{"_id":"567302825316790d001f8d6a","user":"5654ea8be0d82b0d00ab5747","version":{"_id":"5672fc989996590d00c22c68","__v":7,"project":"5672fc989996590d00c22c65","createdAt":"2015-12-17T18:19:04.699Z","releaseDate":"2015-12-17T18:19:04.699Z","categories":["5672fc999996590d00c22c69","567301169d4c060d009da8b3","56730183547bee0d00997d1a","5673018a06b19d0d0010691b","567301b53054630d00fe9288","567400638565060d009a86fb","5674017bf79ca90d00ad2f67"],"is_deprecated":false,"is_hidden":false,"is_beta":false,"is_stable":true,"codename":"","version_clean":"2.5.0","version":"2.5.0"},"__v":13,"project":"5672fc989996590d00c22c65","category":{"_id":"5673018a06b19d0d0010691b","pages":["567302825316790d001f8d6a","5673029345185e0d008bd1c2","5676d59a12ea5a2300726aba"],"project":"5672fc989996590d00c22c65","__v":3,"version":"5672fc989996590d00c22c68","sync":{"url":"","isSync":false},"reference":false,"createdAt":"2015-12-17T18:40:10.078Z","from_sync":false,"order":4,"slug":"intermediate","title":"Advanced"},"updates":[],"next":{"pages":[],"description":""},"createdAt":"2015-12-17T18:44:18.341Z","link_external":false,"link_url":"","githubsync":"","sync_unique":"","hidden":false,"api":{"settings":"","results":{"codes":[]},"auth":"required","params":[],"url":""},"isReference":false,"order":2,"body":"Up until now operations have been discussed as being isolated units of work. However, in practice this is rarely possible. More than likely if an operation has a dependency, the result of that operation is needed in the next one.\n\nIn software engineering this is known as [Dependency Injection](https://en.wikipedia.org/wiki/Dependency_injection) but we wish to avoid this term to avoid confusion with operational dependencies. \n[block:api-header]\n{\n  \"type\": \"basic\",\n  \"title\": \"Synchronous & literal requirements\"\n}\n[/block]\nIf the requirement for an operation is available synchronously, or perhaps is a literal value, then it can be injected into the initializer of the operation. This is following best practices for object orientated programming. \n[block:api-header]\n{\n  \"type\": \"basic\",\n  \"title\": \"Asynchronous Requirements\"\n}\n[/block]\nHowever, if the requirements needed for an operations are not available when the instance is created, it must be injected sometime later, but before the operation executes.\n\nConsider a `DataProcessing` operation class. It's job is to process `NSData`, which we refer to as the *requirement*. However, the data in question must be retrieved from storage, or the network, by a `DataRetrieval` operation. In this context, the data is the *result*. \n[block:code]\n{\n  \"codes\": [\n    {\n      \"code\": \"class DataRetrieval: Operation, ResultOperationType {\\n    private(set) var result: NSData?\\n    \\n    override func execute() {\\n        fetchDataFromNetwork { data in\\n            result = data\\n            finish()\\n        }\\n    }\\n}\",\n      \"language\": \"swift\",\n      \"name\": \"ResultOperationType example\"\n    }\n  ]\n}\n[/block]\nAbove is an example `DataRetrieval` class. It conforms to `ResultOperationType` which defines the `result` property. This is a generic property with no constraints. When the operation executes, before finishing it sets the result.\n[block:code]\n{\n  \"codes\": [\n    {\n      \"code\": \"class DataProcessing: Operation, AutomaticInjectionOperationType, ResultOperationType {\\n    var requirement: NSData?\\n    private(set) var result: NSData?\\n    \\n    override func execute() {\\n        processData(requirement) { processed in\\n            result = processed\\n            finish()\\n        }\\n    }\\n}\",\n      \"language\": \"swift\",\n      \"name\": \"AutomaticInjectionOperationType example\"\n    }\n  ]\n}\n[/block]\nThe above example shows a `DataProcessing` class. Here it conforms to `AutomaticInjectionOperationType` in addition to `ResultOperationType`. `AutomaticInjectionOperationType` defines the `requirement` property, which is also a generic property with no constraints.\n\nThe next step is to chain the operations together:\n[block:code]\n{\n  \"codes\": [\n    {\n      \"code\": \"let retrieval = DataRetrieval()\\nlet processing = DataProcessing()\\nprocessing.injectResultFromDependency(retrieval)\\nqueue.addOperations(retrieval, processing)\",\n      \"language\": \"swift\",\n      \"name\": \"Automatic Result Injection\"\n    }\n  ]\n}\n[/block]\nWhat does this do?\n\n1. The retrieval operation is automatically added as a dependency of the processing operation.\n2. We add an observer to the retrieval operation to automatically set its result as the requirement of the processing operation.\n[block:callout]\n{\n  \"type\": \"warning\",\n  \"body\": \"There is a constraint on `injectResultFromDependency` where the `ResultOperationType.Result` type must match the `AutomaticInjectionOperationType.Requirement`.\",\n  \"title\": \"Type constraint between Result and Requirement\"\n}\n[/block]\nIf the data retrieval operation finishes with errors, the processing operation will cancel with an `AutomaticInjectionError` which contains the errors from the dependency.\n[block:callout]\n{\n  \"type\": \"success\",\n  \"title\": \"Create transformation queues\",\n  \"body\": \"By constructing `Operation` classes with conformance to both `ResultOperationType` and `AutomaticInjectionOperationType`, data can be transformed through a queue of chained operations.\"\n}\n[/block]\n\n[block:api-header]\n{\n  \"type\": \"basic\",\n  \"title\": \"Use of optionals\"\n}\n[/block]\nThe `ResultOperationType` only defines `result` to get a generic typealias. Therefore the type of `result` can be `NSData?` or `NSData`. However, bear in mind that standard Swift rules apply here. If the property is not an optional, it must be set during initialization. This can be useful if there are default values which would be suitable. Clearly it must be a `var` if the operation will set it during the `execute` function.\n\nThe same considerations apply for the `requirement` property, except that the type of both properties must be the same. We recommend usage of optionals for these types, because even if a default value can be set on a property, which would allow for non-optional types, it might couple the two operations together as both would need the default value set.\n[block:api-header]\n{\n  \"type\": \"basic\",\n  \"title\": \"Manual Result Injection\"\n}\n[/block]\nIn some cases, representing *results* and *requirements* as single properties is not possible. In some cases an operation might have multiple requirements, or produce multiple results. For these cases, the framework provides a less automatic injection approach.\n[block:code]\n{\n  \"codes\": [\n    {\n      \"code\": \"let retrieval = DataRetrieval()\\nlet processing = DataProcessing()\\nprocessing.injectResultFromDependency(retrieval) { op, dep, errors in \\n    // Here we have access to both operations, plus any errors\\n    // from the dependency.\\n}\",\n      \"language\": \"swift\",\n      \"name\": \"Manual Result Injection\"\n    }\n  ]\n}\n[/block]","excerpt":"","slug":"injecting-results","type":"basic","title":"Injecting Results"}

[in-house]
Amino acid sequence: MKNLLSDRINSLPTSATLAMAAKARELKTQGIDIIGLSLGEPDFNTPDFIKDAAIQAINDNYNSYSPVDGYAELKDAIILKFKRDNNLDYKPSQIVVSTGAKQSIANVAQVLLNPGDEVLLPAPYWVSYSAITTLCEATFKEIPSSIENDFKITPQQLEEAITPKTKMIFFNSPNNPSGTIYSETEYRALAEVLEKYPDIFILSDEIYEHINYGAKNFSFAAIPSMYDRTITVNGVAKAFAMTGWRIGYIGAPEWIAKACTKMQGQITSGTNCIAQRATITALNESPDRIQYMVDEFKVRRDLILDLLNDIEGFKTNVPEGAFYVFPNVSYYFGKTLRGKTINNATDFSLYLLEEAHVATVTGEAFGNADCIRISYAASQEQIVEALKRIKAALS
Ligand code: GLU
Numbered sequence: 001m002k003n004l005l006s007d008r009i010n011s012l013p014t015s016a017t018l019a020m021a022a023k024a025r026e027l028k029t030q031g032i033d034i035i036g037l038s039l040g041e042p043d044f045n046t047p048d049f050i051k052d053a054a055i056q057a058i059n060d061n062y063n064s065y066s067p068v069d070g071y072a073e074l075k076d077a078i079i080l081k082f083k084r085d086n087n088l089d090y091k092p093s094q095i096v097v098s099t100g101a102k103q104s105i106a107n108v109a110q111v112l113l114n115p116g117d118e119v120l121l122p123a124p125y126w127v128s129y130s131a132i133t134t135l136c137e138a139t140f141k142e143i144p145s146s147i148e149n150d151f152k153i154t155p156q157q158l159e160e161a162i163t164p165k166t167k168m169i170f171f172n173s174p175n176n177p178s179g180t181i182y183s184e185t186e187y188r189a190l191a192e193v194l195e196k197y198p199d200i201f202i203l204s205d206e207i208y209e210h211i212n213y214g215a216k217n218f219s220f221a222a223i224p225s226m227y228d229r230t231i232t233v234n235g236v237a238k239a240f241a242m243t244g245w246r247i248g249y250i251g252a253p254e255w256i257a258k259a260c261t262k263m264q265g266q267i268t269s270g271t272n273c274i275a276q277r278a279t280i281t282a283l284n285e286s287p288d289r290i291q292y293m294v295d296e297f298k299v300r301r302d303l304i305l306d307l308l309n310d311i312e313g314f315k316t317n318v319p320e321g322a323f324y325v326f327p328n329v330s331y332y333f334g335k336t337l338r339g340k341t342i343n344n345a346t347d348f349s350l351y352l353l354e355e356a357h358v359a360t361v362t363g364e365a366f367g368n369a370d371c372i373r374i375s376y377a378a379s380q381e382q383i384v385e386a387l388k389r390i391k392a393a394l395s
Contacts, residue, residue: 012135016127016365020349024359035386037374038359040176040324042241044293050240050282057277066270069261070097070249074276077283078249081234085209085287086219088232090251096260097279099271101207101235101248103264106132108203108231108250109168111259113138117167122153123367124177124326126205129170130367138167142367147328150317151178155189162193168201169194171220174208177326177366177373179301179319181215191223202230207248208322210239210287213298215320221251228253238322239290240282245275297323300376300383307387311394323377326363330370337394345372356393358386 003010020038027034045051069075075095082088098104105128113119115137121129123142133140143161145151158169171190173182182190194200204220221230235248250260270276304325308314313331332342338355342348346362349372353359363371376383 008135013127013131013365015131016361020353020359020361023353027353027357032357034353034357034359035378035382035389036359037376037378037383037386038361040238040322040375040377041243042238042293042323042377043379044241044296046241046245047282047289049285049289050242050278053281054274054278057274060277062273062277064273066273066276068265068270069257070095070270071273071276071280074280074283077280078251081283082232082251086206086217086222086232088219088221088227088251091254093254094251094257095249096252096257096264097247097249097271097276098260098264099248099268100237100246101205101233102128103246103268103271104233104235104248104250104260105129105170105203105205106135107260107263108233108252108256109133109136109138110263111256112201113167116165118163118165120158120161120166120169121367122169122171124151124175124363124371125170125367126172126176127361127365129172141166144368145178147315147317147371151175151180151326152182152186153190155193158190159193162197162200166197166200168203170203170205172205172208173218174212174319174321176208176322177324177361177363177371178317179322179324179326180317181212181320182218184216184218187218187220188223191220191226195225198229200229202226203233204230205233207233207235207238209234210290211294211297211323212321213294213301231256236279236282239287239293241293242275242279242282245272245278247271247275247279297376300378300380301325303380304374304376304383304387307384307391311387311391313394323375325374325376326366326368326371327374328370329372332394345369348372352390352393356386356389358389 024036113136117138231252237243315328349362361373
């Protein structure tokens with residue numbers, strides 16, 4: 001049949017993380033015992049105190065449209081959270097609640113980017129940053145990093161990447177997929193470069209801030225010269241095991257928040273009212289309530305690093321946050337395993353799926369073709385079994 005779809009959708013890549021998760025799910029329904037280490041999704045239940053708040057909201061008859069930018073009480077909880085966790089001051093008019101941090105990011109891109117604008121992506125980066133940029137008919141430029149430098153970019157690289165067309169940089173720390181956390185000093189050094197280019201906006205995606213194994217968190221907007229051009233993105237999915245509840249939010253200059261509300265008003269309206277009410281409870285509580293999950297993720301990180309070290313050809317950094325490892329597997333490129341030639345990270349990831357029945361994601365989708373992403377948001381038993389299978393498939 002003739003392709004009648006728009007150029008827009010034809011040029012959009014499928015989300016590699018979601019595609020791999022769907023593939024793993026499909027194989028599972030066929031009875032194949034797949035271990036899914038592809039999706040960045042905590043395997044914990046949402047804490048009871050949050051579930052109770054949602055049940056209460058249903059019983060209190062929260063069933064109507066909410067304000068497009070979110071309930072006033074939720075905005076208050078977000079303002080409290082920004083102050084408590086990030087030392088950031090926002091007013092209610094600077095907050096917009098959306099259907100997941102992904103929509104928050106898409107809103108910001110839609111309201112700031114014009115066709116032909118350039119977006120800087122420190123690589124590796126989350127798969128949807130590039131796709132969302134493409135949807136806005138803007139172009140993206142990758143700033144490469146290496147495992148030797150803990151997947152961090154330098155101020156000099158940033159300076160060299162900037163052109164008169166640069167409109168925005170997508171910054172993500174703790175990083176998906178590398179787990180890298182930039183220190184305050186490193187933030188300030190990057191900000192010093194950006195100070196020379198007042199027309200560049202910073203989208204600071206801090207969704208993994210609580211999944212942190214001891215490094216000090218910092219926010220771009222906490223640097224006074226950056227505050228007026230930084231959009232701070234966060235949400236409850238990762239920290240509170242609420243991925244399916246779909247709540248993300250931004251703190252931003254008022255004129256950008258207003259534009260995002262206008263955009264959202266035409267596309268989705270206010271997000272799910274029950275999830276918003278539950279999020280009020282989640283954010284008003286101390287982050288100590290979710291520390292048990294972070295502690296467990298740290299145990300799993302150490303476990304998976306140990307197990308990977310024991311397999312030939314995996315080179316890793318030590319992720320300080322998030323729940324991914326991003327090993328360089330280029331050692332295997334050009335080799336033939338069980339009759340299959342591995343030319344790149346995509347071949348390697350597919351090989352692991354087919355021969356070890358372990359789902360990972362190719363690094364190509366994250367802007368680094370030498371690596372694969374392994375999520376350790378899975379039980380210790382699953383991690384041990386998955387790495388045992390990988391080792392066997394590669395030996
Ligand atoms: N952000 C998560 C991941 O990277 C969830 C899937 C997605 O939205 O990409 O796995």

Up until now operations have been discussed as being isolated units of work. However, in practice this is rarely possible. More than likely if an operation has a dependency, the result of that operation is needed in the next one. In software engineering this is known as [Dependency Injection](https://en.wikipedia.org/wiki/Dependency_injection) but we wish to avoid this term to avoid confusion with operational dependencies. [block:api-header] { "type": "basic", "title": "Synchronous & literal requirements" } [/block] If the requirement for an operation is available synchronously, or perhaps is a literal value, then it can be injected into the initializer of the operation. This is following best practices for object orientated programming. [block:api-header] { "type": "basic", "title": "Asynchronous Requirements" } [/block] However, if the requirements needed for an operations are not available when the instance is created, it must be injected sometime later, but before the operation executes. Consider a `DataProcessing` operation class. It's job is to process `NSData`, which we refer to as the *requirement*. However, the data in question must be retrieved from storage, or the network, by a `DataRetrieval` operation. In this context, the data is the *result*. [block:code] { "codes": [ { "code": "class DataRetrieval: Operation, ResultOperationType {\n private(set) var result: NSData?\n \n override func execute() {\n fetchDataFromNetwork { data in\n result = data\n finish()\n }\n }\n}", "language": "swift", "name": "ResultOperationType example" } ] } [/block] Above is an example `DataRetrieval` class. It conforms to `ResultOperationType` which defines the `result` property. This is a generic property with no constraints. When the operation executes, before finishing it sets the result. [block:code] { "codes": [ { "code": "class DataProcessing: Operation, AutomaticInjectionOperationType, ResultOperationType {\n var requirement: NSData?\n private(set) var result: NSData?\n \n override func execute() {\n processData(requirement) { processed in\n result = processed\n finish()\n }\n }\n}", "language": "swift", "name": "AutomaticInjectionOperationType example" } ] } [/block] The above example shows a `DataProcessing` class. Here it conforms to `AutomaticInjectionOperationType` in addition to `ResultOperationType`. `AutomaticInjectionOperationType` defines the `requirement` property, which is also a generic property with no constraints. The next step is to chain the operations together: [block:code] { "codes": [ { "code": "let retrieval = DataRetrieval()\nlet processing = DataProcessing()\nprocessing.injectResultFromDependency(retrieval)\nqueue.addOperations(retrieval, processing)", "language": "swift", "name": "Automatic Result Injection" } ] } [/block] What does this do? 1. The retrieval operation is automatically added as a dependency of the processing operation. 2. We add an observer to the retrieval operation to automatically set its result as the requirement of the processing operation. [block:callout] { "type": "warning", "body": "There is a constraint on `injectResultFromDependency` where the `ResultOperationType.Result` type must match the `AutomaticInjectionOperationType.Requirement`.", "title": "Type constraint between Result and Requirement" } [/block] If the data retrieval operation finishes with errors, the processing operation will cancel with an `AutomaticInjectionError` which contains the errors from the dependency. [block:callout] { "type": "success", "title": "Create transformation queues", "body": "By constructing `Operation` classes with conformance to both `ResultOperationType` and `AutomaticInjectionOperationType`, data can be transformed through a queue of chained operations." } [/block] [block:api-header] { "type": "basic", "title": "Use of optionals" } [/block] The `ResultOperationType` only defines `result` to get a generic typealias. Therefore the type of `result` can be `NSData?` or `NSData`. However, bear in mind that standard Swift rules apply here. If the property is not an optional, it must be set during initialization. This can be useful if there are default values which would be suitable. Clearly it must be a `var` if the operation will set it during the `execute` function. The same considerations apply for the `requirement` property, except that the type of both properties must be the same. We recommend usage of optionals for these types, because even if a default value can be set on a property, which would allow for non-optional types, it might couple the two operations together as both would need the default value set. [block:api-header] { "type": "basic", "title": "Manual Result Injection" } [/block] In some cases, representing *results* and *requirements* as single properties is not possible. In some cases an operation might have multiple requirements, or produce multiple results. For these cases, the framework provides a less automatic injection approach. [block:code] { "codes": [ { "code": "let retrieval = DataRetrieval()\nlet processing = DataProcessing()\nprocessing.injectResultFromDependency(retrieval) { op, dep, errors in \n // Here we have access to both operations, plus any errors\n // from the dependency.\n}", "language": "swift", "name": "Manual Result Injection" } ] } [/block]